Finally, I was told off by one Salvo reader for being too critical of the Labour Party. But flippin’ eck, they’ve been appalling over what is the biggest challenge that has faced the country since the War. The various moves and posturings by the Labour leadership are more about positioning Labour as an attractive alternative to a discredited Tory Party. But sorry. That isn’t reflected in the polls and I have to say that I’d seriously consider voting Green or Lib Dem if there was that general election that Corbyn is so keen to have. And my vote would count, as it is a highly marginal constituency (Bolton West). I don’t think I’m the only person on the left who is thinking that way. The one senior politician saying anything intelligent amongst Labour’s rather dim bunch of opportunists is Keir Starmer. So there Mr Routledge!

The Rail Review (this piece will be appearing in the December issue of Chartist magazine)

Chris Grayling is probably not one of the most well-liked politicians amongst readers of The Salvo (but please advise of any really popular politician at the moment…).His tenure as secretary of state for transport has been marked by the meltdown of rail services in the North and parts of the South-east, while he persists with the grand folly of HS2 and CrossRail 2. Yet, to be fair to the man, he has recognised that something is fundamentally wrong with how rail services are being delivered in the UK. Whether you are an earnest advocate of nationalisation, or still cling on to the belief that privatisation was the right thing to do back in the 90s, what we have today doesn’t work. It’s expensive (compared with the overall cost of running other railways across Europe) and services are often poor and unreliable, as well as being expensive. Staff are de-motivated and passengers fed up. So Mr Grayling has ordered a ‘fundamental review’ of rail policy and has appointed Keith Williams to chair it. He comes from an interesting background – former chief executive of British Airways and deputy chair of The John Lewis Partnership, the employee-owned retail chain. In addition, members of the review panel include respected railwayman Dick Fearn, former MD of Irish Rail.

The Government’s announcement of the review in September said it would “… consider all parts of the rail industry, from the current franchising system and industry structures, accountability, and value for money for passengers and taxpayers”. Cynics will say that nationalisation, the holy grail of Corbynistas in a hurry, won’t be given a second thought. Maybe, maybe not. But the review does offer an opportunity to come up with some fresh ideas which could start to get us out of the current mess we’re in. I’m a member of a small group of professional railway men and women called ‘The Rail Reform Group’ which is looking at some options.

It’s important that we are clear on what we want our railways to do. Getting people and goods  ‘from A to B’ as fast and as possible isn’t enough and can encourage perverse outcomes. Is it right that we should be encouraging people living in, say, Doncaster or Preston to commute to London most days? Rail is good at delivering longer distance journeys, but those trips into major centres for work, education and leisure are as important as longer distance inter-city journeys. And it tends to be the ‘regional’ networks that are under most stress at present, with inadequate rolling stock, lack of track capacity and poor quality stations.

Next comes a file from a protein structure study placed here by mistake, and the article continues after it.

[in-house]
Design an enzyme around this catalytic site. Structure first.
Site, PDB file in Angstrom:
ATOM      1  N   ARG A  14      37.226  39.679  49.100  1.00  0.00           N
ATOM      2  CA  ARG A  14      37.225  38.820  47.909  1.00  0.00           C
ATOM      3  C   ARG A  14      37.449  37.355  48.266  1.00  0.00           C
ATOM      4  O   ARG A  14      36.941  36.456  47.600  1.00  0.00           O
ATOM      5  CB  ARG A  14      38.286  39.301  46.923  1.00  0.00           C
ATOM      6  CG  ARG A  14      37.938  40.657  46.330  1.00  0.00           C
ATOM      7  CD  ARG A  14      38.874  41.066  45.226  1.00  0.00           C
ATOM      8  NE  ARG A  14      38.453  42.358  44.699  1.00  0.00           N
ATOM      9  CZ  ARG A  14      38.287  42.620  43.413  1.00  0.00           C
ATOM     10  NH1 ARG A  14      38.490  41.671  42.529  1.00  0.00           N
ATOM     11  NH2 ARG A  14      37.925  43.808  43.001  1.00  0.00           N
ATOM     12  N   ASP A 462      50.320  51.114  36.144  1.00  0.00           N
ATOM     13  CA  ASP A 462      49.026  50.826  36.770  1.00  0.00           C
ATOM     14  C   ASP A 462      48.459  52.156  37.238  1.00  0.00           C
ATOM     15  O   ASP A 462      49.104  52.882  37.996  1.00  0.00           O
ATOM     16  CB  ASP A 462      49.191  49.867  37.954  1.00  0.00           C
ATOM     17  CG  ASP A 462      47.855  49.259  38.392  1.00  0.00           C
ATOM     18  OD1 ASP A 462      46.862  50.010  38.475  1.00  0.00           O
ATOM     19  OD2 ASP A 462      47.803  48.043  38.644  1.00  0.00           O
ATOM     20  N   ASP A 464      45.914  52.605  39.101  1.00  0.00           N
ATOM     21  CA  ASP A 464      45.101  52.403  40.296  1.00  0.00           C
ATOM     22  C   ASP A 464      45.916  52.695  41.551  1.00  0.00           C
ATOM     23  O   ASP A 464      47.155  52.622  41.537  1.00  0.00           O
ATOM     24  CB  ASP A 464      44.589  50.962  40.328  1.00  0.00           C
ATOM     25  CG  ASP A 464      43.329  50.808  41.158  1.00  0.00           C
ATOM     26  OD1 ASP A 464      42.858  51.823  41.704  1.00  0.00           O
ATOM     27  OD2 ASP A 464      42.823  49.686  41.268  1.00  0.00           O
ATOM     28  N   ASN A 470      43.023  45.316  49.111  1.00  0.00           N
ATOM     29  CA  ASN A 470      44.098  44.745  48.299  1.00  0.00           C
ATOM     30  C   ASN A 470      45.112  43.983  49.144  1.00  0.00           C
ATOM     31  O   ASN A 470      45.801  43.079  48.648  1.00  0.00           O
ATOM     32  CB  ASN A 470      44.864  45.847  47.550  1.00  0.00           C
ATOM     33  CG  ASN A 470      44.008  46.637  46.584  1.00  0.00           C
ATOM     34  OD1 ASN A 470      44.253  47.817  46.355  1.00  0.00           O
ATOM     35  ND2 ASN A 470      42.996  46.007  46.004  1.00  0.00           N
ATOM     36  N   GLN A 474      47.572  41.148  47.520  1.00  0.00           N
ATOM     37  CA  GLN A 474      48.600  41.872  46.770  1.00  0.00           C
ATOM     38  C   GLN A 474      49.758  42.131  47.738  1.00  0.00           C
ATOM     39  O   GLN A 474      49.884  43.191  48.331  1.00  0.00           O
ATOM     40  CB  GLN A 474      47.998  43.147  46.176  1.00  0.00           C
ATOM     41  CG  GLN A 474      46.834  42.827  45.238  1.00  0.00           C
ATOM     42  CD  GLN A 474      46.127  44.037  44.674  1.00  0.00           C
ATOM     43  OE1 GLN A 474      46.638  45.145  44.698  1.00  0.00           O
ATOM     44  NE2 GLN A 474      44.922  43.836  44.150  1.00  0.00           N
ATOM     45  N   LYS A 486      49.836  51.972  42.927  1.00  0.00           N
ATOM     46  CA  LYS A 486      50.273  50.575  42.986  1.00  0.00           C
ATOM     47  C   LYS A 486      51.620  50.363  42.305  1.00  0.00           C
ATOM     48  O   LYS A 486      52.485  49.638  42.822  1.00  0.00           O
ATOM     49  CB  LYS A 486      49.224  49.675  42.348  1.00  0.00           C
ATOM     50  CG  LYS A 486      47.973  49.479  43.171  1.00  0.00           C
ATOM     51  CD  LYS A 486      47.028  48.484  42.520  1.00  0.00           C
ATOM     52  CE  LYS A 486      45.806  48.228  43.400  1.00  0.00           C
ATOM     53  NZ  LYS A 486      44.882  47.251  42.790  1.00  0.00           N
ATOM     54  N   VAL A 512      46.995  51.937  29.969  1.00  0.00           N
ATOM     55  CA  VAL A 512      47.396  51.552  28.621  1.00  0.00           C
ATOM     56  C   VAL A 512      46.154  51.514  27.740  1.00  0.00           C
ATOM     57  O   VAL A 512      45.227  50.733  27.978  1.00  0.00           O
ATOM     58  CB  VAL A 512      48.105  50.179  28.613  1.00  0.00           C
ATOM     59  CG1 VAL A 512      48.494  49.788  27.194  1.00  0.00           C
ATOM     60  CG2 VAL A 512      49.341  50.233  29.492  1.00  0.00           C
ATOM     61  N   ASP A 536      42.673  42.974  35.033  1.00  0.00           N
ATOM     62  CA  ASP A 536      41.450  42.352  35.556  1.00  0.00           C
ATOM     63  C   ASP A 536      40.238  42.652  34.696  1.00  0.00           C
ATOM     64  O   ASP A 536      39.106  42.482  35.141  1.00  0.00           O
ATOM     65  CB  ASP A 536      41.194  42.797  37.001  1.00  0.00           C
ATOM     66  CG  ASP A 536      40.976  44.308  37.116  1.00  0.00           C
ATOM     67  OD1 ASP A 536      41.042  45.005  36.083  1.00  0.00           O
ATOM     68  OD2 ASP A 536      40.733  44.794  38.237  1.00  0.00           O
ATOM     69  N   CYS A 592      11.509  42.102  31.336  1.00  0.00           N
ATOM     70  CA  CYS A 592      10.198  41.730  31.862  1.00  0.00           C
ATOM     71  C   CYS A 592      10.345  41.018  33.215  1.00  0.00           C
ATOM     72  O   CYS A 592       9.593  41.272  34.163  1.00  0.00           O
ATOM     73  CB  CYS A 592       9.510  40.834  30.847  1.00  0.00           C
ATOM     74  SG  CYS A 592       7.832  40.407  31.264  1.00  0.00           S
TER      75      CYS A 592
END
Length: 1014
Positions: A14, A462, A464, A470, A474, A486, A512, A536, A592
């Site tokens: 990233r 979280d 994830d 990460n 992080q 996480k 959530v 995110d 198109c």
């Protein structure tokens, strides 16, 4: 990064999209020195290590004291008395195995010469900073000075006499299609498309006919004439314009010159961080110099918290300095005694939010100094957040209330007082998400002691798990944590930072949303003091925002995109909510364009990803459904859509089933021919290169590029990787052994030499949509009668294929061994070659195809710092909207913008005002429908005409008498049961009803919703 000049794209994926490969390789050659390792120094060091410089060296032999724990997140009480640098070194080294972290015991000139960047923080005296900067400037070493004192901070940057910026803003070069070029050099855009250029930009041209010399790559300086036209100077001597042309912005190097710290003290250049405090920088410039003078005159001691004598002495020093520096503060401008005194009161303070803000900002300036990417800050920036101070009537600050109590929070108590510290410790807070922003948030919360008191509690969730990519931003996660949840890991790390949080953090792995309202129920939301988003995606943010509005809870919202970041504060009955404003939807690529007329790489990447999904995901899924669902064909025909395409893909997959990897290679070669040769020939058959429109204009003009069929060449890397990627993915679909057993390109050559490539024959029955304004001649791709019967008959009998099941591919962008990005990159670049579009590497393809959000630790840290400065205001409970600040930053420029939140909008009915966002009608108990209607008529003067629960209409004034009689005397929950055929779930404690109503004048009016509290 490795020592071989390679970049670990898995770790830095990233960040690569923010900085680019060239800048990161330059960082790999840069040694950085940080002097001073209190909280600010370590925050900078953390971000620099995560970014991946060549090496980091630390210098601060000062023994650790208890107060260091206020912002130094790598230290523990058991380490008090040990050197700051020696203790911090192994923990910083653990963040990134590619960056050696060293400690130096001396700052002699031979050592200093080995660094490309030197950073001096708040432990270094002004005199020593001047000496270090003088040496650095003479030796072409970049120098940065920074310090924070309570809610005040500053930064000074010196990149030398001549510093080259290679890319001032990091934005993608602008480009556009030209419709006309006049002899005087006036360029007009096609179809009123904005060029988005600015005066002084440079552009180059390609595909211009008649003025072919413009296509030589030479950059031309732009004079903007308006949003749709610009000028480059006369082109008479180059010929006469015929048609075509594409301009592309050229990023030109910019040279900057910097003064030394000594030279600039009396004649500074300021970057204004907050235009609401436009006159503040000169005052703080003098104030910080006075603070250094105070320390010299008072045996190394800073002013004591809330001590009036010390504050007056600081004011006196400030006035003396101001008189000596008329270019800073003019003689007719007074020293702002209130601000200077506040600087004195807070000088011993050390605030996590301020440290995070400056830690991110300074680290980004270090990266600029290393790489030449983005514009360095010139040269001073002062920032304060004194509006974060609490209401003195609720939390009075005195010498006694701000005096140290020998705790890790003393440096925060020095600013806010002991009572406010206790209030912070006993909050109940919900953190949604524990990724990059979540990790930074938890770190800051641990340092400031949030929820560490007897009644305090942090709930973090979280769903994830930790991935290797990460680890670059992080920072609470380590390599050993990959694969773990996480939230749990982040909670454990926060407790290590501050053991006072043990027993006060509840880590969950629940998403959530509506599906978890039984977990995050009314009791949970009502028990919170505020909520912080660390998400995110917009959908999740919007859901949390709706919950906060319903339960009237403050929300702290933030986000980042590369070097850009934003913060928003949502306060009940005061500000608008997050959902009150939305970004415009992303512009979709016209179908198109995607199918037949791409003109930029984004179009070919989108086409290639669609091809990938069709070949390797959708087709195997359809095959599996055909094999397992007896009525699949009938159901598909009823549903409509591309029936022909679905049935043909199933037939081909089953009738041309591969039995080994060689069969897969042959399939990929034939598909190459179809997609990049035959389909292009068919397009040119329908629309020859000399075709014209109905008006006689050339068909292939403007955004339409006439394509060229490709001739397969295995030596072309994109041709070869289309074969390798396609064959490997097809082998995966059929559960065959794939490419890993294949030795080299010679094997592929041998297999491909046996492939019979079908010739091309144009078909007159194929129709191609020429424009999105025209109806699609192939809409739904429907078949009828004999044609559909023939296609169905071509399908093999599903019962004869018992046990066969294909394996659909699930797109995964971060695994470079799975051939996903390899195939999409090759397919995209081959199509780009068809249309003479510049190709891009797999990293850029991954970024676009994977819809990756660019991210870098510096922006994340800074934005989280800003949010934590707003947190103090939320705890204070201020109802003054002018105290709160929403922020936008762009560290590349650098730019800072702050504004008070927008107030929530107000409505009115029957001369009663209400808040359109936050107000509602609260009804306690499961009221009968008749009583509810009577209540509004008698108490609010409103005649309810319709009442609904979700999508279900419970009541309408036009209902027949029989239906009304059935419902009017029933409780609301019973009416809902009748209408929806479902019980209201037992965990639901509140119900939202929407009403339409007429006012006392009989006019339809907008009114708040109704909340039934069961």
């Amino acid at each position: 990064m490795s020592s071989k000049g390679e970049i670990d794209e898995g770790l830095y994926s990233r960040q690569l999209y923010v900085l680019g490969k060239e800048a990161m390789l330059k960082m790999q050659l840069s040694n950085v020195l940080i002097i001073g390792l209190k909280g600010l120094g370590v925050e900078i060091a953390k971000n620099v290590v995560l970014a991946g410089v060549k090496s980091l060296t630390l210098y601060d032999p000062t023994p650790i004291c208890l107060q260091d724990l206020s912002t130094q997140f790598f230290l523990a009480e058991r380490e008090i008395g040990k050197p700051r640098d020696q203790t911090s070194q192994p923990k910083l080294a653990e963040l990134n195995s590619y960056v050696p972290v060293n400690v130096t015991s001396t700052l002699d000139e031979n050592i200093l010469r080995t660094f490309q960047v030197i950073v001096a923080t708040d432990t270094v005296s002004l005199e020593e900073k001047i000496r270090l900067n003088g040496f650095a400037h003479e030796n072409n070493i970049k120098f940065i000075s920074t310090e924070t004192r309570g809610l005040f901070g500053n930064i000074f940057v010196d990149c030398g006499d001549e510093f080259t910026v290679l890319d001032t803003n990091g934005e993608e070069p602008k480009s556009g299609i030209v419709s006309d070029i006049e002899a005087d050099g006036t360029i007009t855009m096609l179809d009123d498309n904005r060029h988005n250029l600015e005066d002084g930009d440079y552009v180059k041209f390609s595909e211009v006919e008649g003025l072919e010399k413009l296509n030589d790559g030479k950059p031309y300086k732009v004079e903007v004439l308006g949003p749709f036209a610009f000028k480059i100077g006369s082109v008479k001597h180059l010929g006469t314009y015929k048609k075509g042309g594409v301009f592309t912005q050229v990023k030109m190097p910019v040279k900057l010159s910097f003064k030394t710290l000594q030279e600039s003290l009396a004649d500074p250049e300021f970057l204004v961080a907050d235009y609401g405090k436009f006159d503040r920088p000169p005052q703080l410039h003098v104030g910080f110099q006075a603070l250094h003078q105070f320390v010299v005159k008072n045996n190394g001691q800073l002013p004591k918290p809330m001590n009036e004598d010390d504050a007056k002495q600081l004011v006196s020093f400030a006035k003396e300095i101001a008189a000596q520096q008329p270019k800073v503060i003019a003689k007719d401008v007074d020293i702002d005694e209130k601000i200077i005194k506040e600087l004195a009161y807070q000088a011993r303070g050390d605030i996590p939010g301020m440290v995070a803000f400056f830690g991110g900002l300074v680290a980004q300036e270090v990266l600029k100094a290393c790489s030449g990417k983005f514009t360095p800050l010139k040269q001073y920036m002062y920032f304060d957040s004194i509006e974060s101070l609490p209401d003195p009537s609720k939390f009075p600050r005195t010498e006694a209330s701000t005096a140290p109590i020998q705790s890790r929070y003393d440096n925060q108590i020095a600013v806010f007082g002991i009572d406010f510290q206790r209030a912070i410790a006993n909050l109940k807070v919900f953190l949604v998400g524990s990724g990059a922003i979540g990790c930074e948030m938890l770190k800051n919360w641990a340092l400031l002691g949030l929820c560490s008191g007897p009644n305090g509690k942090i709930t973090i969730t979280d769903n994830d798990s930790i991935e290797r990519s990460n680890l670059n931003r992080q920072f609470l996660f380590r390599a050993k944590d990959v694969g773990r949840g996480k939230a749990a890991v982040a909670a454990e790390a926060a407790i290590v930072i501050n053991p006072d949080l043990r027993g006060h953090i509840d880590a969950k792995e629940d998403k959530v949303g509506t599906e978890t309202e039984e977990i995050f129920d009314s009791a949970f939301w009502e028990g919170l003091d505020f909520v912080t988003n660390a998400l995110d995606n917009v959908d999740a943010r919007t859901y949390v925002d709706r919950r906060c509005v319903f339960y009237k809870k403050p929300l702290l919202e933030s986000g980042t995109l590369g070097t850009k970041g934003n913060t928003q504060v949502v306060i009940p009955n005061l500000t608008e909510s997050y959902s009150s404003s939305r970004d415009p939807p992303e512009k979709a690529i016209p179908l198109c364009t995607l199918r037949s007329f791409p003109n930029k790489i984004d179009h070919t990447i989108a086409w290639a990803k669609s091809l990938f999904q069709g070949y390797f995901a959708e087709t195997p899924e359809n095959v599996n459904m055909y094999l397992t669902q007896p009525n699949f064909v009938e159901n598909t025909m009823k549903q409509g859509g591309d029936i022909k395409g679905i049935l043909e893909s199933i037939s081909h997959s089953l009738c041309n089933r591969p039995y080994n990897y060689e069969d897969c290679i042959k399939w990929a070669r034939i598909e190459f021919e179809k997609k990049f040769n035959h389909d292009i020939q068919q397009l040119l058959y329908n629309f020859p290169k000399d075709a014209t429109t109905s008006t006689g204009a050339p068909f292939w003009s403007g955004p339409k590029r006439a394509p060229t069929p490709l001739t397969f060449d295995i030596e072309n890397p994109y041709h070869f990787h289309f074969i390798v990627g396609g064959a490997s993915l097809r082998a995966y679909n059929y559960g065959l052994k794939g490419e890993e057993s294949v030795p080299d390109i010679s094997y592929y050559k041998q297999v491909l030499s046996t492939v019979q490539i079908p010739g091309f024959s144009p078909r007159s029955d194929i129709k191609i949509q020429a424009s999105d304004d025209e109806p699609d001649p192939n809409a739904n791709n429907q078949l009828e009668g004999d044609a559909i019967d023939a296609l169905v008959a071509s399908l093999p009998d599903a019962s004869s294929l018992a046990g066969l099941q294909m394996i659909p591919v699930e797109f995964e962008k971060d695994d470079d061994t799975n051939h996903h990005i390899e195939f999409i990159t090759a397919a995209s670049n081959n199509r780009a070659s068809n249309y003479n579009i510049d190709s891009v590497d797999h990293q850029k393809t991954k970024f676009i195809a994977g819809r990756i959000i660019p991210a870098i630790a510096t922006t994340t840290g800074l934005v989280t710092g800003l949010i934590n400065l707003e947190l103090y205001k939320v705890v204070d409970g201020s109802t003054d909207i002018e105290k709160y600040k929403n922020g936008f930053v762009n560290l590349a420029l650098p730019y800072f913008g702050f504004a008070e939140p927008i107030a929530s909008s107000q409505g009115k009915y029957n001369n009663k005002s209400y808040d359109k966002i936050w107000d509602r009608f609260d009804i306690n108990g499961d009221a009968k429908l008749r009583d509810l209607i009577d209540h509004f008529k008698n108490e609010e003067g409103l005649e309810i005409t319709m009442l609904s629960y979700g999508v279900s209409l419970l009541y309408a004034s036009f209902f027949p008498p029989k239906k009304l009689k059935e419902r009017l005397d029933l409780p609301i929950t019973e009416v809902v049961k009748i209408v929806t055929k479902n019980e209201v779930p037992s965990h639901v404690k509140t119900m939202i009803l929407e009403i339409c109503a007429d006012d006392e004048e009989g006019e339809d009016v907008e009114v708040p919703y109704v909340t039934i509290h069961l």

Advocates of ‘nationalisation’ should also understand that much of the railway is already state-owned, or publicly-specified. Infrastructure is owned and managed by Network Rail. Trains mostly run as part of franchises that are specified and funded by Government (predominantly Department for Transport, but the devolved governments for Wales and Scotland, plus Transport for London for London Overground and Merseyside Combined Authority for Merseyrail). Yet once franchises are let, operators can cut corners to extract maximum profit from their short-term contract. Arguably, what we have now is the worst of both worlds – not fully private, but not really public either.

Our modest little ‘Rail Reform Group’ has come up with some provisional conclusions which could help improve both regional and intercity networks, as well as encourage freight. The starting point should be structural change. The current system, based on separation of infrastructure from operations (which are based on relatively short-term and highly expensive franchises) has not worked; bringing infrastructure and operations back under one co-ordinated lead is essential, but that doesn’t have to imply a nationally centralised approach. It could work at a regional level. We are suggesting, for the North, a new model – a revival of the pre-1923 ‘Lancashire and Yorkshire Railway’ brand – that would serve the major centres of the North. Basically we’re proposing regionally-based, vertically integrated operations that are socially owned. The same approach could work in other parts of the UK.

We came to the conclusion, after a lot of thought, that the best business model should be a social enterprise, in which profits are recycled back into the business to fund further improvements. A railway that is tied to Treasury control, as BR was, would not have the freedom to invest and look to the long-term, which is desperately needed. Instead of short-term franchises (typically less than 10 years) there should be long-term stability with periodic reviews by an appropriate public body. In terms of ‘Lancashire and Yorkshire Railways’ this should be a strengthened ‘Transport for the North’, a body which already exists. Within this model, there would be scope for employees and passengers to be much more fully engaged, including encouragement to invest in specific projects that could also include some private sector investment.